Throughout most of America’s history, churches were the food bank and homeless shelter, the first place the destitute went for help. In fact, across much of the world for over 1900 years, churches followed Jesus’ model of demonstrating the Father’s love before telling people who He is (i.e. the Gospel). During recent decades, however, churches in America developed growth strategies that precluded continuation of its indispensability in helping the materially poor. If all Christians still took Jesus’ example and commands to serve the poor seriously, our nation as a whole would be more accepting of Christians and less tolerant of poverty on our shores and abroad.
In other words, just as our division contributed to the fracturing of American culture and our consumerism exacerbated America’s overindulgence, the Church’s decision decades ago to abdicate its lead role on the front lines of poverty relief has diminished our influence and convinced many not to follow our…
America rejects Christianity as the model for how to live, believing government and secular charities are kinder and more compassionate, because the average church’s investment of time, energy and dollars into serving the poor has dropped 95% over the past hundred years.
- Changing the definition of “church” to emphasize gathering of Christians in a place on a weekend rather than scattering of disciples into ministry the rest of the week
- Consequently, catering to those Jesus challenged (to live out the Great Commandment and Great Commission) while underserving those Jesus catered to (the poor, ill, and hopeless)
- Finding intensive discipleship too demanding for church “consumers”, therefore not understanding how Jesus truly lived and what it means to follow in His footsteps
- Not dying to self as the Bible commands, more concerned about our wants than the needs of others
Every human being is looking for a light in this dark word. Christians are to radiate the love of Jesus to illuminate the path to the Father. In America and around the globe, history reveals a direct correlation between compassion of Christ-followers and the growth of Christianity. Similarly, there’s an indisputable connection between times our faith becomes associated with legalism, judgmentalism, and political parties and its decline. As churches in the U.S. became more consumer-driven and less compassion-driven, that influence spilled over into secular culture, turning it more consumeristic and less generous. Where else will people learn about love and mercy except from Jesus? Yet society no longer looks to churches as viable examples of those qualities, nor will they until we again become a shining beacon of light to the poor and marginalized.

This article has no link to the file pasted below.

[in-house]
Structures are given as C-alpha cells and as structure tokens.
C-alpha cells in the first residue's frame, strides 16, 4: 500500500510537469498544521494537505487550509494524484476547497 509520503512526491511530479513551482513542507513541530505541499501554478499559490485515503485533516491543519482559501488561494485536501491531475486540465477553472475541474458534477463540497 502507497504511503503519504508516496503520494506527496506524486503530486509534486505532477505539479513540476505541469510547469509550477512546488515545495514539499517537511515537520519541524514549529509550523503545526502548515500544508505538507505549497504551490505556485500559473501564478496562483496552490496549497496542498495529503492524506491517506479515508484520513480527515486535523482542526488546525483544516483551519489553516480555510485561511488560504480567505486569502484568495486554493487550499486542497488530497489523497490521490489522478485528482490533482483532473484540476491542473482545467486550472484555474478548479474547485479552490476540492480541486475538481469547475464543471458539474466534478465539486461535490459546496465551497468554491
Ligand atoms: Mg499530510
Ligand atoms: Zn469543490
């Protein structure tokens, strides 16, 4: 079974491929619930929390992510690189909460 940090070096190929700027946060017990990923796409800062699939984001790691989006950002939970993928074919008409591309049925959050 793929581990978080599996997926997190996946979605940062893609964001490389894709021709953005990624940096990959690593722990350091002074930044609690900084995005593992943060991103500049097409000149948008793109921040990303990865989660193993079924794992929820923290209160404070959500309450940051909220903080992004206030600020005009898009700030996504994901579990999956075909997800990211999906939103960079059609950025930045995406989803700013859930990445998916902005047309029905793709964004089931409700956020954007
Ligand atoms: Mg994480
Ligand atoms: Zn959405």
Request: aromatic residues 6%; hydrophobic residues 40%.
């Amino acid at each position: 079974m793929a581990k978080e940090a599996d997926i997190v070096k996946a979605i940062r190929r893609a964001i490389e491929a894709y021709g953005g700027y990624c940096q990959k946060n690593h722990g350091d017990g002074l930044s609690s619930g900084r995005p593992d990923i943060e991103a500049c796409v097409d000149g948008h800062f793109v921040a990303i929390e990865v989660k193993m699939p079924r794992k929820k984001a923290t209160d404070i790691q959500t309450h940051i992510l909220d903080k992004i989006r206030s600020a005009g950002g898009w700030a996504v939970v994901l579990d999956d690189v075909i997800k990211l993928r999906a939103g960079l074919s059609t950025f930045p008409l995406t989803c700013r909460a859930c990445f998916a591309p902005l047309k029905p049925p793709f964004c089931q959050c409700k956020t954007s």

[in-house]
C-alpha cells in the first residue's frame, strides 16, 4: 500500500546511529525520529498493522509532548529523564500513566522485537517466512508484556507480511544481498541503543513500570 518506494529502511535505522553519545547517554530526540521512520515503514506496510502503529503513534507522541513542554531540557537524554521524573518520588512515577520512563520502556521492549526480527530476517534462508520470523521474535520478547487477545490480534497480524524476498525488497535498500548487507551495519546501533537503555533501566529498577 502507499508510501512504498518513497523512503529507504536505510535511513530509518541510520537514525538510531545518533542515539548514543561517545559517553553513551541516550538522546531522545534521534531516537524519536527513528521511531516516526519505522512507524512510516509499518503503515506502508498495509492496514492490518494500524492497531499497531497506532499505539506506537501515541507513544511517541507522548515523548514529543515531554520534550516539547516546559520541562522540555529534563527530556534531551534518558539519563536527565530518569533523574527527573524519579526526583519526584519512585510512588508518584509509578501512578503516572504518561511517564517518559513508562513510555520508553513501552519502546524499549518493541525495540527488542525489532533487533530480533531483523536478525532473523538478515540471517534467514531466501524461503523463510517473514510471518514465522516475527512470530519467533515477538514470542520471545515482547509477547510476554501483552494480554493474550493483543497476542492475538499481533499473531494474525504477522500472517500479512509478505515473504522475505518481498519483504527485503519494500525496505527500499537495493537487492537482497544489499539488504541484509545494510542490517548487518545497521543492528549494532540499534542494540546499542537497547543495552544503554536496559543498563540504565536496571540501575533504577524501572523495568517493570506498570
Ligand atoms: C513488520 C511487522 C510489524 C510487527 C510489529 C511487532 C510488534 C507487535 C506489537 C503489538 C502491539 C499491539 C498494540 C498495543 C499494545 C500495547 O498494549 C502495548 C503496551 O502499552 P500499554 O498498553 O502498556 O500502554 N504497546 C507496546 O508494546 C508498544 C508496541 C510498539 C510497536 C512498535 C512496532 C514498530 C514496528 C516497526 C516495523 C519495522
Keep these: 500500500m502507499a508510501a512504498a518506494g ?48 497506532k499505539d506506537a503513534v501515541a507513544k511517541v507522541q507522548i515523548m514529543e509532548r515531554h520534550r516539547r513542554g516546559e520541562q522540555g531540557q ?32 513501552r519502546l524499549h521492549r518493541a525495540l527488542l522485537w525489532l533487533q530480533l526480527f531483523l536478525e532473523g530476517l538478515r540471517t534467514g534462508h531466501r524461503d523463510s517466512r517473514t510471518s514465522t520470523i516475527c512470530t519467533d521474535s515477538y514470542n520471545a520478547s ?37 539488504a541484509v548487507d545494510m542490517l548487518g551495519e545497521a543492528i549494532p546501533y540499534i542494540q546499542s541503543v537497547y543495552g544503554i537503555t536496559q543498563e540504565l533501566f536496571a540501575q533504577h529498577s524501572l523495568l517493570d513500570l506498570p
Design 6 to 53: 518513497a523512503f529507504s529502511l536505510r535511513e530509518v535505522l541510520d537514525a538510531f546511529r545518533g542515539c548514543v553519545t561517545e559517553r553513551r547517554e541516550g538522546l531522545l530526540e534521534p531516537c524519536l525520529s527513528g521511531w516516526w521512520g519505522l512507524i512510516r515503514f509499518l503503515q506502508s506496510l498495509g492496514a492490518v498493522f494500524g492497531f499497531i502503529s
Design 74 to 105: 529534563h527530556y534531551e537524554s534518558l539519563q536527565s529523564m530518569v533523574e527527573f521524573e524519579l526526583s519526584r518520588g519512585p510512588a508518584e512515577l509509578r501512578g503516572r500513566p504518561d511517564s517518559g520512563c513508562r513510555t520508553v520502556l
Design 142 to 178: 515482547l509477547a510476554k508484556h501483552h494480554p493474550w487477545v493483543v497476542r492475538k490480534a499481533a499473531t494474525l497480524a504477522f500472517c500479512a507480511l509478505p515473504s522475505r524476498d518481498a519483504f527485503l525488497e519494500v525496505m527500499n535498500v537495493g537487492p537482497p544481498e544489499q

America rejects our Lord as the answer to meaning in this life and hope for the next, looking to secular flourishing and social justice causes for fulfilment, as Christians and churches increasingly deviate from Jesus’ model of Prayer, Care, and then Share.
- Wondering how Jesus can save people eternally if churches in their communities aren’t active in rescuing those suffering on this side of heaven
- Hearing stories about Jesus’ miracles of healing and feeding during their youth, but not observing anything transformative that borders on the “miraculous” today
- Instead seeing Christians occupied in the unremarkable, indistinguishable work and worries of managing careers, raising families, and operating (religious) institutions
- Losing respect for Jesus when Christ-followers attempt to “outpreach” Him (who despite speaking perfect words still felt it necessary to open ears through loving acts of service)
Whenever Christians fail to reflect Jesus’ deep concern for the (materially) poor or don’t imitate His approach for reaching them with the Gospel, we misrepresent and discredit our Savior. America’s accelerating departure from its Christian heritage is not an indictment of Jesus, but of those who depart from His model and mission (“The Spirit of the Lord is on me, because he has anointed me to proclaim good news to the poor. He has sent me to proclaim freedom for the prisoners and recovery of sight for the blind, to set the oppressed free”.) Despite our nation’s entree into the Age of Decadence, a last gasp for revival by the power of the Holy Spirit could be sparked by a repentant reassumption by Christians of the leadership mantle for poverty alleviation, a responsibility Jesus (and His disciples) told us never to abdicate.